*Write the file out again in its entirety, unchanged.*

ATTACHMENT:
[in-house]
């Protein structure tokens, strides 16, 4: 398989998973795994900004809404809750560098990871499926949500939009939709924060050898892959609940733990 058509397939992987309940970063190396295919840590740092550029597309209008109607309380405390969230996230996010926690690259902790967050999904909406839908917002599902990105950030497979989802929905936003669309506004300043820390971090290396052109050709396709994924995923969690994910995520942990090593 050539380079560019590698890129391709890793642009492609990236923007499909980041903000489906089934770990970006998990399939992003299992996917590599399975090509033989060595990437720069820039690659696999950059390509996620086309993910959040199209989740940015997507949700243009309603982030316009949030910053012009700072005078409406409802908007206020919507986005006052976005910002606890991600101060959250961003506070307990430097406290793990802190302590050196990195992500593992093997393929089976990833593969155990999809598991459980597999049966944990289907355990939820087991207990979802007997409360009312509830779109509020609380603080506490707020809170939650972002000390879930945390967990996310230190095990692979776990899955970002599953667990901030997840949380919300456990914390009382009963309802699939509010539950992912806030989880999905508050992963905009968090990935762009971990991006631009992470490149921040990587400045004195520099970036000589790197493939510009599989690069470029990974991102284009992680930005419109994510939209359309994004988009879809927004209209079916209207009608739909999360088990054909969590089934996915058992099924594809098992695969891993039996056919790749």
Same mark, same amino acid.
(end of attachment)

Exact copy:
[in-house]
């Protein structure tokens, strides 16, 4: 398989998973795994900004809404809750560098990871499926949500939009939709924060050898892959609940733990 058509397939992987309940970063190396295919840590740092550029597309209008109607309380405390969230996230996010926690690259902790967050999904909406839908917002599902990105950030497979989802929905936003669309506004300043820390971090290396052109050709396709994924995923969690994910995520942990090593 050539380079560019590698890129391709890793642009492609990236923007499909980041903000489906089934770990970006998990399939992003299992996917590599399975090509033989060595990437720069820039690659696999950059390509996620086309993910959040199209989740940015997507949700243009309603982030316009949030910053012009700072005078409406409802908007206020919507986005006052976005910002606890991600101060959250961003506070307990430097406290793990802190302590050196990195992500593992093997393929089976990833593969155990999809598991459980597999049966944990289907355990939820087991207990979802007997409360009312509830779109509020609380603080506490707020809170939650972002000390879930945390967990996310230190095990692979776990899955970002599953667990901030997840949380919300456990914390009382009963309802699939509010539950992912806030989880999905508050992963905009968090990935762009971990991006631009992470490149921040990587400045004195520099970036000589790197493939510009599989690069470029990974991102284009992680930005419109994510939209359309994004988009879809927004209209079916209207009608739909999360088990054909969590089934996915058992099924594809098992695969891993039996056919790749």
Same mark, same amino acid.